To answer your questions I’m currently optimistic that TEEs will provide reasonable protection under the flag of confidential computing. E.g. see the efforts here . The questions regarding physical attacks is a bit open to me. The aim will be to defend also against these too, I would suspect, as the current issue demonstrates these attacks might interfere with the weaker attacker model of confidential computing. For the IC we are interested in a TEE that also guarantees protection against physical attacks but I see it as an additional measure and that we should not fully rely on it.
Very informative thank you…though a bit depressing as protecting against physical attacks is so important to the security model of the IC.
How useful is MPC without TEEs? I suppose we still get BFT privacy in that case?
What does BFT privacy entail? I thought BFT consensus could provide integrity but not confidentiality guarantees.
That’s where MPC comes in. With MPC you can get BFT privacy.
Hi guys, I am working for Phala now which is build a privacy computing on-chain with SGX. I am willing to involve this proposal to contribute IC. How can I join your current work and where to start work ?
Hi, sorry for the very delayed reply. To my knowlege we are currently still in the beginning of community involvement regarding the core IC development. This should start at some point. Maybe @diegop can tell more. If you are still interested we can have an exchange. For the moment we focus on securing whole VMs, i.e., by using AMD SEV-SNP. In the past, I was also interested in securing smart contracts vis SGX ( Blockchain and Trusted Computing: Problems, Pitfalls, and a Solution for Hyperledger Fabric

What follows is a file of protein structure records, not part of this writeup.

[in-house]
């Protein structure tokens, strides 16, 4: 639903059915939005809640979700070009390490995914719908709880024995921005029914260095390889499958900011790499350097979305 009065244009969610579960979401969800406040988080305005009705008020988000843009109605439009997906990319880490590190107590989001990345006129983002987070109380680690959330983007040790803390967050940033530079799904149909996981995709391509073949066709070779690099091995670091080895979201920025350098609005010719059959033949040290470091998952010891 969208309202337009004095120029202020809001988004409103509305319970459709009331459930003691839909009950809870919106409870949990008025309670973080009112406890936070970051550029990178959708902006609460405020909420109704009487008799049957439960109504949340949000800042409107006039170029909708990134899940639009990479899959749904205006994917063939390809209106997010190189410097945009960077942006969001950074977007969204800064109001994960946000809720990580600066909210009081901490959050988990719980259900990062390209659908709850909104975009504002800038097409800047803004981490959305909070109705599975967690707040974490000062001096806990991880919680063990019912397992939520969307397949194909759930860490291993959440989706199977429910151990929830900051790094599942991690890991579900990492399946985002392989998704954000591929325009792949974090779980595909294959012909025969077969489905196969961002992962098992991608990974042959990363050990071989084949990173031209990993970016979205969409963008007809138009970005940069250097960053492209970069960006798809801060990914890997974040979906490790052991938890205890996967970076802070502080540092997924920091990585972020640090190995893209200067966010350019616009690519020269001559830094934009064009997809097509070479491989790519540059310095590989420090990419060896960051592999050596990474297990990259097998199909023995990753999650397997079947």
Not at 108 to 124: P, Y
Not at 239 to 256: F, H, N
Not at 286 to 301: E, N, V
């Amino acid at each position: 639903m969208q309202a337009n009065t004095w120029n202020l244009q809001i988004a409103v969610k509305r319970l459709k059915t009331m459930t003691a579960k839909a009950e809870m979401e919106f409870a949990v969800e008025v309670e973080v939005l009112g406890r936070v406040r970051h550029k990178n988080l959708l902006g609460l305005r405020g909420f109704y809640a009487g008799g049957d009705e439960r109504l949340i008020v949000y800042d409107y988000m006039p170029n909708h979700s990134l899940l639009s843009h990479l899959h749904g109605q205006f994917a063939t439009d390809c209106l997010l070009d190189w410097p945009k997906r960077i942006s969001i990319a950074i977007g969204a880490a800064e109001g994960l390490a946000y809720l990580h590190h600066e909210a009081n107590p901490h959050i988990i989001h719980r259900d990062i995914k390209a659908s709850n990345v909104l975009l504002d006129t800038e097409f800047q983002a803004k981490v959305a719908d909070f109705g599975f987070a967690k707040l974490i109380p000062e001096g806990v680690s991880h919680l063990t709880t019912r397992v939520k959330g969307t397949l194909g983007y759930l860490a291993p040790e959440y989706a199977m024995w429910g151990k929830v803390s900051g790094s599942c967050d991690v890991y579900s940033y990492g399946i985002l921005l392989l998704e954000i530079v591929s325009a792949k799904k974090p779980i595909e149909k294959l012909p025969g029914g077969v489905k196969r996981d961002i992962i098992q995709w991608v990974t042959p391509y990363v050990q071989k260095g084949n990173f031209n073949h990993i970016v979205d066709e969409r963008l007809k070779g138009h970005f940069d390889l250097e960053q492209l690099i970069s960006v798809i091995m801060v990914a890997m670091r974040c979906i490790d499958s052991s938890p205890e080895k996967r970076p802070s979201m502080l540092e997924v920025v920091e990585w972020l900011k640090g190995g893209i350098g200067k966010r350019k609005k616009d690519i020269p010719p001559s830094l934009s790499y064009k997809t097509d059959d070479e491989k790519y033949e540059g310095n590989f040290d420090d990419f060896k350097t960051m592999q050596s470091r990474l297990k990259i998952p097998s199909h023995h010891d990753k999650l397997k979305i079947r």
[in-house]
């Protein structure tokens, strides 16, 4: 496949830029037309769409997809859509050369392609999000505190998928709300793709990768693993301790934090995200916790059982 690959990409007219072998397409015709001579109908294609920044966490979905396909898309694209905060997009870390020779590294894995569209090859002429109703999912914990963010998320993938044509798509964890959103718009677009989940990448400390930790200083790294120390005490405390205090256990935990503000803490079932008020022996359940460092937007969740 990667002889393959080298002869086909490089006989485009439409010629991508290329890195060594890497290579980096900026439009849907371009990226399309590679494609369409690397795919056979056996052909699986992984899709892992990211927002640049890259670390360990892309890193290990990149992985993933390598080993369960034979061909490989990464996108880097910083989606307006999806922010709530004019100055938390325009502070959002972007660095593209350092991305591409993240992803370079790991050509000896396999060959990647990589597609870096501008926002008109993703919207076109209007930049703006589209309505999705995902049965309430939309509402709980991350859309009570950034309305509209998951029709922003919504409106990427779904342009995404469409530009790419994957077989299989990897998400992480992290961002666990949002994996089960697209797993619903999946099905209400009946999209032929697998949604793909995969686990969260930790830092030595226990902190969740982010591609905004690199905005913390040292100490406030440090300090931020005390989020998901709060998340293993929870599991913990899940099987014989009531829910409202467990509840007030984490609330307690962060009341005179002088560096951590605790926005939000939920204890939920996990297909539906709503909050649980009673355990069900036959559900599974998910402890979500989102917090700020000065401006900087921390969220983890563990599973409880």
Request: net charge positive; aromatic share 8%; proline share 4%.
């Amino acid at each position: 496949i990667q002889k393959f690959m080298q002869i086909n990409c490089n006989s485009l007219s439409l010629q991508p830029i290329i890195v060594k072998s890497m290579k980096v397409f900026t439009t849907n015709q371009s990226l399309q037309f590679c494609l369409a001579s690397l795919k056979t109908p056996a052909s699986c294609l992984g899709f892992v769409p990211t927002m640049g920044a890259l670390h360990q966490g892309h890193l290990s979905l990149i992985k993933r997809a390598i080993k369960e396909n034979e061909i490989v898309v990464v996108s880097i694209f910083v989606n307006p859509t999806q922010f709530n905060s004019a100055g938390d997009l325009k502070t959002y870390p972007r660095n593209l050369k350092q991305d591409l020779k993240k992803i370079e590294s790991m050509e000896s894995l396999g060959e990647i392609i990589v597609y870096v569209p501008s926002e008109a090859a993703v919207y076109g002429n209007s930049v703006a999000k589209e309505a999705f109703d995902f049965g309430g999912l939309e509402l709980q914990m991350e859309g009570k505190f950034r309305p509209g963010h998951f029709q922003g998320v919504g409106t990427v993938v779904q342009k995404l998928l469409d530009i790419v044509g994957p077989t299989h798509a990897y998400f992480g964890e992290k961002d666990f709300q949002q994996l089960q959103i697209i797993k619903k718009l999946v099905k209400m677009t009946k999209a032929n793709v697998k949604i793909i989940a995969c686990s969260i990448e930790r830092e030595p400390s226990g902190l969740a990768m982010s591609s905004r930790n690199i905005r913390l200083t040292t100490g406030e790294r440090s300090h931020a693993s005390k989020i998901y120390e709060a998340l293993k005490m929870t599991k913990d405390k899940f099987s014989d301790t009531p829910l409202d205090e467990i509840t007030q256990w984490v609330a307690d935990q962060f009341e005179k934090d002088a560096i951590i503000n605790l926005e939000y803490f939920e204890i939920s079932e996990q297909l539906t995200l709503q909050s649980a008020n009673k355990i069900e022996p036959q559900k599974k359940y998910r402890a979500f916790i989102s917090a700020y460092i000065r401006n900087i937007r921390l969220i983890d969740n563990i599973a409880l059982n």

In a nutshell, recent hardware-aided trusted execution support ensures that code and data outside the CPU is handled in an encrypted form and only decrypted, while being processed by a secured execution context inside the CPU.
Can I ask a basic question? What is code? Is code a smart contract compiled into WASM?
I’m no expert at all on this topic, but I would expect it to be more than ‘just’ the wasm. At least I’d expect the WASM runtime to be included, but I could see even more than that (e.g. a significant chunk of (or even the whole) operating system